Netgear PVT1000 Push2TV: Sends video from a PC to a TV wirelessly

We'd love to be able to send our computer desktops to a TV over Wi-Fi, but it's just not possible -- or that's what we thought until Netgear answered our AV dreams

At the 2010 Toshiba media event, we got to see a whole bunch of technologies that will eventually brighten up our lives. Some of them don't have much to do with Toshiba, but do make use of technology that Toshiba is implementing. One such device is the Netgear PTV1000 Push2TV, which receives video from your laptop, over Wi-Fi, and then displays it on a TV.

The PTV1000 uses several different technologies. Firstly you need a laptop, and in that laptop there needs to be a Core i3, i5 or i7 processor. This machine has to use Intel's MyWiFi system too, which allows a computer to share a wireless connection with other devices and, in this case, send video over an 802.11n Wi-Fi network. The Netgear hardware then takes that signal, fed from the Push2TV application installed on the computer, and displays it on a standard TV.

The upshot is that whatever you can see on your laptop screen can be wirelessly sent to your TV. The idea is impressive, and we think it's a neat idea for people who need to hold impromptu meetings while away from their office. You need to have the Netgear hardware connected to the TV in order to use the system, however, and, unless the venue you're in has a PTV1000, it's probably going to be simpler to run a cable or use a portable video projector.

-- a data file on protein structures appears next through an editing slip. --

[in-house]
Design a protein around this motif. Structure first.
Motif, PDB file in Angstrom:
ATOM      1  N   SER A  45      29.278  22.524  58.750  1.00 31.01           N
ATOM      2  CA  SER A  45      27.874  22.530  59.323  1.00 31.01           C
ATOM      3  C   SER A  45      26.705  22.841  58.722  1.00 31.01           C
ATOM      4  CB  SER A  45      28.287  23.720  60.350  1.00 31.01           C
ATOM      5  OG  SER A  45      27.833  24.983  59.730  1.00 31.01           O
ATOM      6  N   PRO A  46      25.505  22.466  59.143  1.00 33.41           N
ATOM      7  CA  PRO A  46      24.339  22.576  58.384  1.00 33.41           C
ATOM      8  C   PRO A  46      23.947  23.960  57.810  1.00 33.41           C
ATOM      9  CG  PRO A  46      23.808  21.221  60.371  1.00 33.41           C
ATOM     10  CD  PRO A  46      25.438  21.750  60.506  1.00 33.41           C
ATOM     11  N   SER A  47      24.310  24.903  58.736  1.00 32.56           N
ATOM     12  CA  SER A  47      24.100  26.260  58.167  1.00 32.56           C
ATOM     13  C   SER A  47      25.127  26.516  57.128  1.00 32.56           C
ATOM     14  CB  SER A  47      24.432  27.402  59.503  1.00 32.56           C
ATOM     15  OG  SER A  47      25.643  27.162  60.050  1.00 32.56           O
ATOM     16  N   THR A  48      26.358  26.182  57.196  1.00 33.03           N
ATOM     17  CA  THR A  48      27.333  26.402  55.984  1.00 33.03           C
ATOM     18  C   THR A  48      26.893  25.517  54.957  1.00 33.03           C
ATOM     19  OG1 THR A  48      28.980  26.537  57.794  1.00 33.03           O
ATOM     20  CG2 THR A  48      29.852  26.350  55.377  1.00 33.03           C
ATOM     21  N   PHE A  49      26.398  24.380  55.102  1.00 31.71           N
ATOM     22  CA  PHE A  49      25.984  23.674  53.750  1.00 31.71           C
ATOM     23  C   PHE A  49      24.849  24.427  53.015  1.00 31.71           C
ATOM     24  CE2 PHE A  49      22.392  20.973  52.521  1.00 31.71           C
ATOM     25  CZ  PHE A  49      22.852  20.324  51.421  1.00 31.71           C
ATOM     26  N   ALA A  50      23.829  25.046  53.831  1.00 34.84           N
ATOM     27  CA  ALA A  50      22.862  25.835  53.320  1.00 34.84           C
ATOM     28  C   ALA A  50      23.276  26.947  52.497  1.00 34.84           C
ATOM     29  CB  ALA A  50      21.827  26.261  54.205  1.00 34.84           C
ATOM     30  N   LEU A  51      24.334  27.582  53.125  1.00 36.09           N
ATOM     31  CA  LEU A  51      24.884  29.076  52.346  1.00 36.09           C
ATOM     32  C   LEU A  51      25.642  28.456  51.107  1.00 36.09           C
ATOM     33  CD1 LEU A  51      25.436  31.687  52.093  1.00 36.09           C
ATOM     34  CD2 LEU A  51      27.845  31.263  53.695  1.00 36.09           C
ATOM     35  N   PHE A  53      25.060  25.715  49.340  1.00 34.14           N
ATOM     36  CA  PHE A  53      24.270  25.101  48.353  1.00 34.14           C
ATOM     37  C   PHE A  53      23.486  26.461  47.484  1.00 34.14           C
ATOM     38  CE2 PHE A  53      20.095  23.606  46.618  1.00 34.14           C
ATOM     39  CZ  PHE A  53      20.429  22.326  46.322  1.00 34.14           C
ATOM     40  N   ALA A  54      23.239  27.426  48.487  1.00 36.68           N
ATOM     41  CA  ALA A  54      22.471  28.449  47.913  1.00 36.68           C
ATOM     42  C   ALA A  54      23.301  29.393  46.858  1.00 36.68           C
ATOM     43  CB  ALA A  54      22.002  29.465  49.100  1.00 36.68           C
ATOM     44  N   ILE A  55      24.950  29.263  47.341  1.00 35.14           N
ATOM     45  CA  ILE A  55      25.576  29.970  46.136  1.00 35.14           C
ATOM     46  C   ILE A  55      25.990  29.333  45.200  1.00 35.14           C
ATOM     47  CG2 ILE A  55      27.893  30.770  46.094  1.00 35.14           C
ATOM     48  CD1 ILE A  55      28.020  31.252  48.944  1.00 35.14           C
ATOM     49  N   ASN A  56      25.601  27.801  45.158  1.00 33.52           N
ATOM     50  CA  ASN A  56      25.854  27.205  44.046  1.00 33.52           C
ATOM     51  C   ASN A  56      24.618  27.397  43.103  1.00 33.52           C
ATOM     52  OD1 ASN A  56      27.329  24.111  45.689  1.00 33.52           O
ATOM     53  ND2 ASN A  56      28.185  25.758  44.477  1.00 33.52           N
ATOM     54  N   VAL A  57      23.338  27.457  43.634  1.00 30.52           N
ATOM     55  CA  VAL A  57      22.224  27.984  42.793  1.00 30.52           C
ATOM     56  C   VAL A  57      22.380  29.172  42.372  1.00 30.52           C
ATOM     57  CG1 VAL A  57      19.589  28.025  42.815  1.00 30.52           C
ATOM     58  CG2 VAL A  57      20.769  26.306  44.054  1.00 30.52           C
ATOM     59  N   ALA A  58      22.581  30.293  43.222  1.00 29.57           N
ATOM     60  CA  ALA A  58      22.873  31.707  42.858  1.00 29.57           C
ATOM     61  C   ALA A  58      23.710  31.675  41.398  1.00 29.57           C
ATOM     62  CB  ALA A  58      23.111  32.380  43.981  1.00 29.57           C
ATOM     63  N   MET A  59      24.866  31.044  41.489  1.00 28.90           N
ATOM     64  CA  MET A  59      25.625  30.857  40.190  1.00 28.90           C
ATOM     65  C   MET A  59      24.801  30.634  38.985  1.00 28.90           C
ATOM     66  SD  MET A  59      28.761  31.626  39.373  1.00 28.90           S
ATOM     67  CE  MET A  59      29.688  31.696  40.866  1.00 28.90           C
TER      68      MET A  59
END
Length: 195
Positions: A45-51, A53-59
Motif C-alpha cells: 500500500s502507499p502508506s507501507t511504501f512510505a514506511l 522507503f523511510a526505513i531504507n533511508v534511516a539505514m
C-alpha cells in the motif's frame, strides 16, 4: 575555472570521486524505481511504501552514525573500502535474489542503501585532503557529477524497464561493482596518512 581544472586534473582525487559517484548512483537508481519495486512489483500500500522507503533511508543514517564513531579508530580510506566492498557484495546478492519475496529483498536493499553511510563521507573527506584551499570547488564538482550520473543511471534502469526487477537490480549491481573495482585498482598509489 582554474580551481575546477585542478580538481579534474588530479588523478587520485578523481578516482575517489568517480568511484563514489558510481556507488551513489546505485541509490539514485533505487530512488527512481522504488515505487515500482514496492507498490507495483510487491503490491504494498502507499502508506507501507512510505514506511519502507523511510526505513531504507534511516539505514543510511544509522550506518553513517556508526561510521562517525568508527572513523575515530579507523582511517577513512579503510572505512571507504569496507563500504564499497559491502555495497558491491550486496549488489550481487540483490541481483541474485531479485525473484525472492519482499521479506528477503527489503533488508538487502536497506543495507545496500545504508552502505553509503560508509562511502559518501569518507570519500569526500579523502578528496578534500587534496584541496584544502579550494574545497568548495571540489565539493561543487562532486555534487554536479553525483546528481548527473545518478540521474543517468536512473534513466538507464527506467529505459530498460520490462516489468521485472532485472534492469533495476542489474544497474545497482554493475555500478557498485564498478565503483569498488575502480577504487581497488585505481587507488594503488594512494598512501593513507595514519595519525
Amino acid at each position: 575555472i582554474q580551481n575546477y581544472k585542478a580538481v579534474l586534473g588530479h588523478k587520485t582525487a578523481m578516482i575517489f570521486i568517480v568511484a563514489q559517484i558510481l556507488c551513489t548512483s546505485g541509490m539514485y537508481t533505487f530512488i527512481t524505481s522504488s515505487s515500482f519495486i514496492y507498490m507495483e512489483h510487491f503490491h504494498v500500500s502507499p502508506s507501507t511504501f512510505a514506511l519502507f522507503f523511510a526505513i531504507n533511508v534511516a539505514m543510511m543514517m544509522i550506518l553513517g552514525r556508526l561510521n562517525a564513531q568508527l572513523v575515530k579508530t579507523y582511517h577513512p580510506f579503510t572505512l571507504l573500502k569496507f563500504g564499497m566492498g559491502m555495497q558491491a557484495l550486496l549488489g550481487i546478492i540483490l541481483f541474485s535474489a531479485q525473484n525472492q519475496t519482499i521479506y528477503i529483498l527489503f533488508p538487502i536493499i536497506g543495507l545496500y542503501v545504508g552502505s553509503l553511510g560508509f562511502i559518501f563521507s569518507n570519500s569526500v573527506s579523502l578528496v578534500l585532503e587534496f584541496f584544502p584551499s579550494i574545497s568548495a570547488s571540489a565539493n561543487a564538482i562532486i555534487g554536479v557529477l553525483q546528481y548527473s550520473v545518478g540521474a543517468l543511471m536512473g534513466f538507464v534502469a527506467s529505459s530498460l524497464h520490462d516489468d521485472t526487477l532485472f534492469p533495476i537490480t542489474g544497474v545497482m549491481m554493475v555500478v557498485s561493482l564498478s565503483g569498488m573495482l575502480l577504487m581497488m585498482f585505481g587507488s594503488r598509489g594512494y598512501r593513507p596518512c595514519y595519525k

We also had a quick look at the final image on the TV, and video didn't run at all well. It looked very jerky, and everything had little mosquito artefacts -- clearly a result of over-compression of the video to make it stream over Wi-Fi. We can't be too down on the results though, because this hardware is likely to be quite new. We look forward to seeing final production hardware sometime soon, so we can make a proper judgement.

Overall, we like the idea of being able to send your desktop via Wi-Fi to your TV. But, until every TV in the world has the receiving hardware built in, so they can pluck these signals out of the ether, we'll continue to stroke our sceptical cat, who remains, for the most part, sceptical.

 

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